What are accessible data tables?
Accessible data tables are structured in a way that allows screen reader users to navigate through your content and understand what you are presenting. If you do not properly structure your table for accessibility, the context of your material will be lost.
When building accessible data tables, you should:
- Only use tables for displaying data. Using tables to build out a page layout is confusing to screen reader users and is not considered best practice.
- Make sure you have correctly labeled your header rows and columns. Having header rows is vital to understanding the relationship of the content. Ensuring that they are labeled correctly increases understanding of our material.
- Avoid complex tables. The more complex a data table is, the more difficult it will be to ensure it is accessible and navigable to a screen reader user. The more simple, the better.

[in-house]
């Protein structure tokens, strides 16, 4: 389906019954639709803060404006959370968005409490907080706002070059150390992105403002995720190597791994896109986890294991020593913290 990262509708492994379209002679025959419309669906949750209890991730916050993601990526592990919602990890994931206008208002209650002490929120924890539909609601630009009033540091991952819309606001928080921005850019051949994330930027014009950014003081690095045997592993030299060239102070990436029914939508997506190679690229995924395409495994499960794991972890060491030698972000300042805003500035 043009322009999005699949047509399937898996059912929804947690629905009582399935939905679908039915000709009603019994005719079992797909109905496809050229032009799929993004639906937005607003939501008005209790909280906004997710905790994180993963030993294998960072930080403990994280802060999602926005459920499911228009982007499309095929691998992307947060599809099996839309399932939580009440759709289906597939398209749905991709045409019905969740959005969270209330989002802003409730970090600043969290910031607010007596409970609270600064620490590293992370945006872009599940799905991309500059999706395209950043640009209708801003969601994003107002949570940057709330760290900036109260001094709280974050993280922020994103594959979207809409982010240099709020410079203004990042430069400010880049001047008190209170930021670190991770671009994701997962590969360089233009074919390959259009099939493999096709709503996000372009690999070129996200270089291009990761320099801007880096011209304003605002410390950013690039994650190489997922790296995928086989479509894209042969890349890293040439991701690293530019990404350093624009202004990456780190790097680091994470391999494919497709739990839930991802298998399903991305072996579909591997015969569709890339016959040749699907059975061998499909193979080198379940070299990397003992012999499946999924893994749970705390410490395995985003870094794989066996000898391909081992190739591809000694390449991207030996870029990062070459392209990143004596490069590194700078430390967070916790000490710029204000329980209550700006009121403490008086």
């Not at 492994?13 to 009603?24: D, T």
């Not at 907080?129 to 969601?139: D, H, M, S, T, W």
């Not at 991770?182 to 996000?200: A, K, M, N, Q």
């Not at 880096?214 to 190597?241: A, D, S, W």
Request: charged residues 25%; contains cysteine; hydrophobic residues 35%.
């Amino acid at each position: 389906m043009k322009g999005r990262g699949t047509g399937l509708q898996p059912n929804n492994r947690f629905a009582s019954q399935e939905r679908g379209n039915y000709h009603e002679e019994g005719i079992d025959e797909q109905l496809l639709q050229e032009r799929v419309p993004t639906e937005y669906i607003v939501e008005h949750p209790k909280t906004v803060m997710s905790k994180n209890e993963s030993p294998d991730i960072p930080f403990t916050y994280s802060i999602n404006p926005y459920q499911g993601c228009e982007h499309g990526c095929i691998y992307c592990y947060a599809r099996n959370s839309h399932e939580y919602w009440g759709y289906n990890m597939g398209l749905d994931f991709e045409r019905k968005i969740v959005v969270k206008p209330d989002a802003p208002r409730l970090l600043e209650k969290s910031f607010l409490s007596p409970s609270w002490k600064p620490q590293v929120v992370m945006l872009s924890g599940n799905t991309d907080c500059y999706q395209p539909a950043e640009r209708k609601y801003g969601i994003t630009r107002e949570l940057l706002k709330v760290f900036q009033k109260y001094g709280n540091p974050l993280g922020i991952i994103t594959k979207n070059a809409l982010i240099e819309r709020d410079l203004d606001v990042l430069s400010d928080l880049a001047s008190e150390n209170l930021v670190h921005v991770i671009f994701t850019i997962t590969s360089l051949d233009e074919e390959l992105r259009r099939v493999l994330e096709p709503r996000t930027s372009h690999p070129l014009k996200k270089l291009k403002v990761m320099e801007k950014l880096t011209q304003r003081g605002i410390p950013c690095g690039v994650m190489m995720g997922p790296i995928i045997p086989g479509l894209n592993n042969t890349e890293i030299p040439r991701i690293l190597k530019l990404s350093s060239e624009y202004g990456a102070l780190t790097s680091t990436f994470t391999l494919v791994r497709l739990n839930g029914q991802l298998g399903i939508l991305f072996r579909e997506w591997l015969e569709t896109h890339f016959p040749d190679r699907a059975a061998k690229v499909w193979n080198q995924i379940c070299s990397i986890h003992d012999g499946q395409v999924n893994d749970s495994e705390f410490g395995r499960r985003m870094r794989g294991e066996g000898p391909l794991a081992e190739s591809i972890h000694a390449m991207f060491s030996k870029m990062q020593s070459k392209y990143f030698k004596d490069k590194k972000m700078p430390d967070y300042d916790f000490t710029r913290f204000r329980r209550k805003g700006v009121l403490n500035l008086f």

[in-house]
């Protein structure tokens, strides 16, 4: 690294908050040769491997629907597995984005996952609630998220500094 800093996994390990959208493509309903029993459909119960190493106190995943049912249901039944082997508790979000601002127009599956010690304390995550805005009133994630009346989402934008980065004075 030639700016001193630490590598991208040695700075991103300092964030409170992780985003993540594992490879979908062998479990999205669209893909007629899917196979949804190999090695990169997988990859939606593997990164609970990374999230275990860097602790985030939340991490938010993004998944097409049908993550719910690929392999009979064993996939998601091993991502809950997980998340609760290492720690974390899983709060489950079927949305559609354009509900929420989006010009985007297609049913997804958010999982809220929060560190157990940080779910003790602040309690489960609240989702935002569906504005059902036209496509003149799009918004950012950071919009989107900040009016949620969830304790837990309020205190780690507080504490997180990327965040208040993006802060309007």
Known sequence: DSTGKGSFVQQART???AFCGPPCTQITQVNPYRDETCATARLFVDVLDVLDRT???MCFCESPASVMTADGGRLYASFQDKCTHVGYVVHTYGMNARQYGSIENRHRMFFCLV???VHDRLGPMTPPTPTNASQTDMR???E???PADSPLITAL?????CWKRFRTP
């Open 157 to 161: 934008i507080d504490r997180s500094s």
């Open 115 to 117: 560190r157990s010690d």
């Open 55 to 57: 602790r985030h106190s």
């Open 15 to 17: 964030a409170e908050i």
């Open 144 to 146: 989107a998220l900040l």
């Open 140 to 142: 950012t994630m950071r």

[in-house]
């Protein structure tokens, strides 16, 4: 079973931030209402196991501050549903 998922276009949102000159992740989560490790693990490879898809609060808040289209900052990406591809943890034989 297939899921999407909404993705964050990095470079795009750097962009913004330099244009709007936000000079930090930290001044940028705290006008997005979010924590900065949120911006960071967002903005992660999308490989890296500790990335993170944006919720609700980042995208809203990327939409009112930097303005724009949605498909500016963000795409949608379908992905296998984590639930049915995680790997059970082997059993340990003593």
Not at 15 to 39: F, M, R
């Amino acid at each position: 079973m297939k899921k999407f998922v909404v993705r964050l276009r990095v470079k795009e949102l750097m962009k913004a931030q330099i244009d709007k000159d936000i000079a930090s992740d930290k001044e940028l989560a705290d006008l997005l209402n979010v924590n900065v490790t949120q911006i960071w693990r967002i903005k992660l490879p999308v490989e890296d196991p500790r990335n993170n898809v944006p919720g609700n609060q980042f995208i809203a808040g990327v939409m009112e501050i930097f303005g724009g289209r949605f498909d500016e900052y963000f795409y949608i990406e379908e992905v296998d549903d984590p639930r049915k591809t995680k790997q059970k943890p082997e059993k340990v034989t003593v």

- Avoid empty or merged cells. Empty or merged data cells are difficult to navigate with assistive technology, and ultimately makes the information in your table difficult to understand for users.
- Make sure your table has a title, caption, or (better yet) both. Additional information about your table helps everyone better understand the data in your table and its relationship to the broader content.
<caption>Cities in California</caption>
<th scope="row">San Francisco</th>
<th scope="row">Los Angeles</th>
|San Francisco||874,000||San Francisco|
|Los Angeles||3,900,000||Los Angeles|
Different software will have different methods of building accessible tables:
- PowerPoint - Accessible Tables: WebAIM
- Word - Accessible Tables: Microsoft
- Excel - Accessible Table: Microsoft
- Google Docs - Accessible tables using Grackle